The McMaster Health Forum is a key player in McMaster University’s Labarge Optimal Aging Initiative, which aims to position the University as Canada’s leading authority on keeping older adults healthy and active for as long as possible.
In the spring of 2014, the Forum organized a two-and-a-half-day series of events called Thinking Ahead: How We Can Better Support Optimal Aging in Canada Using the Best Available Research Evidence. This included two public panel discussions for the community and a two-day symposium for invited participants who are working directly in the field of aging. It also included the launch of the prototype of the McMaster Optimal Aging Portal, a public talk geared to students by one of Ontario's leaders in caring for an aging population, and an exhibition of short videos that present a re-imagined view of aging.
The events focused on how we communicate with, engage, and support Canada’s aging population. It was funded by the Labarge Charitable Foundation in conjunction with McMaster University’s Labarge Optimal Aging Initiative.
A summary of all of the Thinking Ahead events is available here. You can also view interviews with select symposium participants.
The two panel discussions at McMaster Innovation Park were well attended by the general public and members of the McMaster community, and many more listened to the lively exchange of ideas through web streaming. The Hamilton Spectator daily newspaper provided daily coverage of the two events.
The first panel, Will extended and second careers become the norm?, was moderated by Steve Paikin, a journalist and the anchor and senior editor on The Agenda with Steve Paikin on TVO.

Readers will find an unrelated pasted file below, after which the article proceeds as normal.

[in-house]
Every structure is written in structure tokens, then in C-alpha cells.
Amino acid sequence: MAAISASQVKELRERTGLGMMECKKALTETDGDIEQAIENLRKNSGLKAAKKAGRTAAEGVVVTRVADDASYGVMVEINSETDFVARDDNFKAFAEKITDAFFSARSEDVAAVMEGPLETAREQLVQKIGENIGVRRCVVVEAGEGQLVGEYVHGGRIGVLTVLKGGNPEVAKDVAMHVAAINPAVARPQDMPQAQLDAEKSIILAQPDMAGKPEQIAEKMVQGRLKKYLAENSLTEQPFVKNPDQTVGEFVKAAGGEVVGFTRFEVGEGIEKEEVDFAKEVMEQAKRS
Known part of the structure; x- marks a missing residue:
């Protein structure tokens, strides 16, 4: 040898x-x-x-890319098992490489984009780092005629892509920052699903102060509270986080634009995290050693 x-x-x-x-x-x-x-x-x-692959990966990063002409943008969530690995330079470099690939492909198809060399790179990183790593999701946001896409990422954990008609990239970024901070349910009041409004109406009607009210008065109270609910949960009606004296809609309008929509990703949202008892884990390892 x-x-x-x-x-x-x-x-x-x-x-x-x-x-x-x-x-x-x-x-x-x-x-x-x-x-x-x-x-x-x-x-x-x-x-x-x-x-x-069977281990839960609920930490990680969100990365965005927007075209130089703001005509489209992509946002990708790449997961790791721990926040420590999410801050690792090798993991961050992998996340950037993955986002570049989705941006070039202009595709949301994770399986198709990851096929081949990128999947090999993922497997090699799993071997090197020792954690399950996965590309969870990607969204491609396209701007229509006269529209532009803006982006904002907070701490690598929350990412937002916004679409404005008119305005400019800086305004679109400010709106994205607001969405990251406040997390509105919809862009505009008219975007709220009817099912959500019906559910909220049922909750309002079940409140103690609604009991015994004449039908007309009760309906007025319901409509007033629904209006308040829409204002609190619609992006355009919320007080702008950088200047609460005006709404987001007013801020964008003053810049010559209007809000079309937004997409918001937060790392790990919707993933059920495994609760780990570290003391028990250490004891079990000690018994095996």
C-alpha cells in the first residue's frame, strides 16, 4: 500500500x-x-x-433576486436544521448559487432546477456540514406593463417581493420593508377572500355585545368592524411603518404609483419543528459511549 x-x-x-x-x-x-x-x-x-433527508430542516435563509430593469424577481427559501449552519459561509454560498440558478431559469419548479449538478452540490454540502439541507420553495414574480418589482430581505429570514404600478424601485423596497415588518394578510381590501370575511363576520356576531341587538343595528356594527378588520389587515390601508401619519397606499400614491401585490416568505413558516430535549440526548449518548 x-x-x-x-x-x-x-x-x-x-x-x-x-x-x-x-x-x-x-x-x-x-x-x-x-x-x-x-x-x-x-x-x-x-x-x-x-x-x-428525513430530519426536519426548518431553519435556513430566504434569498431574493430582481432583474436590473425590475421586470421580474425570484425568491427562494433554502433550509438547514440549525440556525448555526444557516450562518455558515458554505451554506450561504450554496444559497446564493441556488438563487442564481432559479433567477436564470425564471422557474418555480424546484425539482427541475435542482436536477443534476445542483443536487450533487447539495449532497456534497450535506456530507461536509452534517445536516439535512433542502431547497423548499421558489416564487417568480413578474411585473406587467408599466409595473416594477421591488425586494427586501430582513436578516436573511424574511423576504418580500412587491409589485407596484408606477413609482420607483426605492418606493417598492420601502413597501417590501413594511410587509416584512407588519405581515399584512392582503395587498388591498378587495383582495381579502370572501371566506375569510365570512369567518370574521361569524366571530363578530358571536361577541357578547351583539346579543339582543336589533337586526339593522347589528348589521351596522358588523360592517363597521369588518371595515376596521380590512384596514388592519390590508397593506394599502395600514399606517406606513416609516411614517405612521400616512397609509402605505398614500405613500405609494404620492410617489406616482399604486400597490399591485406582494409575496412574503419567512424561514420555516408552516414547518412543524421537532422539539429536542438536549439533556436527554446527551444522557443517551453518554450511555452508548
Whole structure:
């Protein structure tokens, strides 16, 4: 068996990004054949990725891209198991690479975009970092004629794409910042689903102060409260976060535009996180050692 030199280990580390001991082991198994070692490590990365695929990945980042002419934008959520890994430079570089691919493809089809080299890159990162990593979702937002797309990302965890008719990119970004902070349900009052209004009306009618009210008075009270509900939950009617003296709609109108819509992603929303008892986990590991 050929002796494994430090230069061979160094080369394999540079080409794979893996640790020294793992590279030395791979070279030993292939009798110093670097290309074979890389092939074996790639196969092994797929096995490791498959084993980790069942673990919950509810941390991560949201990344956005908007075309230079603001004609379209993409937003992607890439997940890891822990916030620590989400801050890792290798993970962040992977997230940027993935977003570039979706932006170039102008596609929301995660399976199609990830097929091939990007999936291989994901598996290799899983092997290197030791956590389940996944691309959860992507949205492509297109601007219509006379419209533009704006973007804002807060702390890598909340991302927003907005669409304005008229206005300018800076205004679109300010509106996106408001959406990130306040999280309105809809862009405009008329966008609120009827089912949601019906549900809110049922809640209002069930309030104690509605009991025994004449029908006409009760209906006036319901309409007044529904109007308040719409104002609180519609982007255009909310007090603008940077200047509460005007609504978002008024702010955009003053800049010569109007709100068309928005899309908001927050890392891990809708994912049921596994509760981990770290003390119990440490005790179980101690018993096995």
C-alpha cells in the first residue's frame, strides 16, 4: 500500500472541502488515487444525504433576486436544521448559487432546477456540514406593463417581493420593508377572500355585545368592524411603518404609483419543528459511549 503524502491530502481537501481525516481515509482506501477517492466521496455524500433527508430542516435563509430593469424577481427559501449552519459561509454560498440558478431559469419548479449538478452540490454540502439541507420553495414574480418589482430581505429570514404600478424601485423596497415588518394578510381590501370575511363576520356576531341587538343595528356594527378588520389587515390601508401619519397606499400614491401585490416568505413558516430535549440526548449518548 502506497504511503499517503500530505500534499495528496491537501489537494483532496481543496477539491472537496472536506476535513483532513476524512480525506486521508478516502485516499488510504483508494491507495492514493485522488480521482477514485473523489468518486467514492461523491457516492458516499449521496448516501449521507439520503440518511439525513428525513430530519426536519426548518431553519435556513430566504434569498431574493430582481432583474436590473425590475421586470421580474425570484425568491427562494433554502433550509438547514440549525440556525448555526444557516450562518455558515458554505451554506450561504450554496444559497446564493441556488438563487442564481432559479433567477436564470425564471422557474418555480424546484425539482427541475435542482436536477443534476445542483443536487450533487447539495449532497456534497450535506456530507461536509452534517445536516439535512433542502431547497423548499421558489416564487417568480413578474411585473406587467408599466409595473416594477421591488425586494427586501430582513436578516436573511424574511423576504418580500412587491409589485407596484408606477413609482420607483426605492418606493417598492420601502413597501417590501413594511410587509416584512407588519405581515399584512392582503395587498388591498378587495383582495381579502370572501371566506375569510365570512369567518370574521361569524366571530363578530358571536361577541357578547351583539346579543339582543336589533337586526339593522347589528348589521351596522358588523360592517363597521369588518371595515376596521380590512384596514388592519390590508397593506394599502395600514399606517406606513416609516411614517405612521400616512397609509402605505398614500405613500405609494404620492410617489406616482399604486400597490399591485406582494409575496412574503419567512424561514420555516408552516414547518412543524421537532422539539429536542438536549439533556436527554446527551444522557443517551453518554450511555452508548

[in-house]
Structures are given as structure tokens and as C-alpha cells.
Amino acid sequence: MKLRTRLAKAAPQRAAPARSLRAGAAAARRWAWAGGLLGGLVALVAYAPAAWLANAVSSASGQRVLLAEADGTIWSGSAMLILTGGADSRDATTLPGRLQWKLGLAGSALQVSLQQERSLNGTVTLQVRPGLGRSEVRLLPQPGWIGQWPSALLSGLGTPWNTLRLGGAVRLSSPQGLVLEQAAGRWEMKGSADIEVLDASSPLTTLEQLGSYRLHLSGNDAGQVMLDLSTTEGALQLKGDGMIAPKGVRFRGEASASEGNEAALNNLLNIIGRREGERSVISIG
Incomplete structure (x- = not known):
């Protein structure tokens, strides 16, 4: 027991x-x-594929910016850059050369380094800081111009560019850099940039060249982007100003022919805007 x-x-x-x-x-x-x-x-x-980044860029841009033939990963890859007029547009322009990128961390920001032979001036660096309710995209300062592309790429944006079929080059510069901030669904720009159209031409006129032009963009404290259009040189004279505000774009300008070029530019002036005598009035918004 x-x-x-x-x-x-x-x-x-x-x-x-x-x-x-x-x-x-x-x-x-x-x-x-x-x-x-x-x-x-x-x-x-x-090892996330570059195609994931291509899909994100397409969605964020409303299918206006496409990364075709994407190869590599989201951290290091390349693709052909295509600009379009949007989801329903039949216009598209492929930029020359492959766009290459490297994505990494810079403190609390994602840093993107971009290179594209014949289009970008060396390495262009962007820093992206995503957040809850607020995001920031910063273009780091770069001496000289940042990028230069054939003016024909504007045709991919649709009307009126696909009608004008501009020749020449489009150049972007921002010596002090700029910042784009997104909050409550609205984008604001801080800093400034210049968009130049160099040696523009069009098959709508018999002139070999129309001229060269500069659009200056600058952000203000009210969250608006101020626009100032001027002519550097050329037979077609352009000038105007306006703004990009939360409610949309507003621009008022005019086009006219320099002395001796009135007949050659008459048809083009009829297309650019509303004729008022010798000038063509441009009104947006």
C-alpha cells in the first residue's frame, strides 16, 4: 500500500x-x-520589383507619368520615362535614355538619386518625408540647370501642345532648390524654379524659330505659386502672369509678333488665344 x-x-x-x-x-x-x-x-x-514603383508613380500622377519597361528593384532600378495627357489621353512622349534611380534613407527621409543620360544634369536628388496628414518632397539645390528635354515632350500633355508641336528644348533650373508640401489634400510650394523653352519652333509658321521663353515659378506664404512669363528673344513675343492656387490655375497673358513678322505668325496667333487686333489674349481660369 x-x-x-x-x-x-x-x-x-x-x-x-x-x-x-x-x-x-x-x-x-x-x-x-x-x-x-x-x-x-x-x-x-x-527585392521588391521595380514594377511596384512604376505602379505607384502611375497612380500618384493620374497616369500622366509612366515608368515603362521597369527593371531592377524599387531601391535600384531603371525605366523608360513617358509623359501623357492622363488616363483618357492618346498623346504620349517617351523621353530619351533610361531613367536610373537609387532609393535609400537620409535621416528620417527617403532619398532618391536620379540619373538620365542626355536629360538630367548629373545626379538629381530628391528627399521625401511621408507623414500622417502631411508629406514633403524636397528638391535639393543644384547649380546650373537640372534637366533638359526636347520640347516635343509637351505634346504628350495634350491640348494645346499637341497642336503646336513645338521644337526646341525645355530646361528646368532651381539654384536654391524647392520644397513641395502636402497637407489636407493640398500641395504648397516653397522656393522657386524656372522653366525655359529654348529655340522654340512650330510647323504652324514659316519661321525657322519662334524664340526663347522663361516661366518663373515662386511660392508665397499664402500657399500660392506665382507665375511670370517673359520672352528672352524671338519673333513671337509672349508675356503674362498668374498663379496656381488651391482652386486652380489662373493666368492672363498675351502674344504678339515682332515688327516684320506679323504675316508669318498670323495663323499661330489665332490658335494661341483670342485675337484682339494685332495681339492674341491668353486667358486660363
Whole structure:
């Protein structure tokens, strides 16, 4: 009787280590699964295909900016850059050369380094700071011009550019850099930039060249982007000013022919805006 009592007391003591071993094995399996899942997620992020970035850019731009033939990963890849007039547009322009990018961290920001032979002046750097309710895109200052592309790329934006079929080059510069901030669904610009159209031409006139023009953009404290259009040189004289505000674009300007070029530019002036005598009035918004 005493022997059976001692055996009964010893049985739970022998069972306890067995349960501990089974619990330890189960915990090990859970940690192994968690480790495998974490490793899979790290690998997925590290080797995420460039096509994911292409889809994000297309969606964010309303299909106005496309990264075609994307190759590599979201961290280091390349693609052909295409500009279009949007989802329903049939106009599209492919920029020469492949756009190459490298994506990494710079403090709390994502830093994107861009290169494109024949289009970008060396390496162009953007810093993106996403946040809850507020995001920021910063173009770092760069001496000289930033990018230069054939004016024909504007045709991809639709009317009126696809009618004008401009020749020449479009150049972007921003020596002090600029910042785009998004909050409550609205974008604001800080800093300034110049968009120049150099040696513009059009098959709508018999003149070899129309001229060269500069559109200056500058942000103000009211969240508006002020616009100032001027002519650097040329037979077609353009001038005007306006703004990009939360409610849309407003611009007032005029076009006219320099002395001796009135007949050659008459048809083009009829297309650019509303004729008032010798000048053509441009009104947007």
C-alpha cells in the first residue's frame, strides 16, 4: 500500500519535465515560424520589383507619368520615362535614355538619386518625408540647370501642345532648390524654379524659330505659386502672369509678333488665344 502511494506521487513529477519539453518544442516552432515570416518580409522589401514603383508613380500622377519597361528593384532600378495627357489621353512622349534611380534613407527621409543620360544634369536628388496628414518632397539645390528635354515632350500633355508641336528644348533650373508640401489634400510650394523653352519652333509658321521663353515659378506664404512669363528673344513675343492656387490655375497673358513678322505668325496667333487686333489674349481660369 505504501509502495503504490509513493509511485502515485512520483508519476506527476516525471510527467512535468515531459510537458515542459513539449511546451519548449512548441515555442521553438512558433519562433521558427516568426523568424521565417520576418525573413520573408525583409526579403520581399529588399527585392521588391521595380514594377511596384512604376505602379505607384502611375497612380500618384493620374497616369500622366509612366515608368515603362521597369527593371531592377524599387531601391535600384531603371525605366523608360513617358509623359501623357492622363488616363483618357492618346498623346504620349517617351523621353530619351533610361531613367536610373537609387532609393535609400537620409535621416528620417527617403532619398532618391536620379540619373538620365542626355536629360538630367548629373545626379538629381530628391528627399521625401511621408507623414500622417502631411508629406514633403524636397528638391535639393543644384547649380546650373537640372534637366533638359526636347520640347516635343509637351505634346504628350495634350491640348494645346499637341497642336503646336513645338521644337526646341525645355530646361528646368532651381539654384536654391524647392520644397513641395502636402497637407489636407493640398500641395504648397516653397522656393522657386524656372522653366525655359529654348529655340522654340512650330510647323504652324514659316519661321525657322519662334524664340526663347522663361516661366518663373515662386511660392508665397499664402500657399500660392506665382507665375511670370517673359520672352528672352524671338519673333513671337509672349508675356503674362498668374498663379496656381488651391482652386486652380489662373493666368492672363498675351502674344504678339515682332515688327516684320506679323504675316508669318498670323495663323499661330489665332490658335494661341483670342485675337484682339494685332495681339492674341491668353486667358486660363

(View highlights video)
- Sherry Cooper, former Chief Economist and Executive Vice-President of Bank of Montreal, and now Professor at McMaster University’s DeGroote School of Business;
- Parminder Raina, McMaster researcher leading the Canadian Longitudinal Study on Aging;
- Samir Sinha, Director of Geriatrics at Mount Sinai Hospital; Provincial Lead, Ontario’s Seniors Strategy; and author of the Living Longer, Living Well report;
- Ian Thomas, singer, songwriter, actor and author; and
- Brian Williams, sports broadcaster for CTV and TSN.
The second panel, Do celebrities do more good than harm with their medical advice?, was moderated by Julia Belluz, who writes the popular Maclean’s/Medical Post column Science-ish, will moderate this debate about the pros and cons of celebrities using their popularity to espouse health-related advice. (View highlights video)
- Tim Cook, Canadian physician interested in disease prevention and management through integrative health;
- Yoni Freedhoff, a physician, writer of the blog Weighty Matters, online columnist for the Huffington Post, and assistant professor at the University of Ottawa;
- Steven Hoffman, McMaster-affiliated researcher and author of Following celebrities’ medical advice: meta-narrative analysis published in the British Medical Journal;
- Seamus O’Regan, journalist, Distinguished Visiting Innovator with Ryerson University’s Digital Media Zone, mental health advocate, and spokesperson for Bell Canada’s “Let’s Talk” Day;
- André Picard, health reporter at The Globe and Mail and author of Critical Care: Canadian Nurses Speak for Change; and
- Bryce Wylde, alternative medicine expert, television host and author of Power Plants: Simple home remedies you can grow.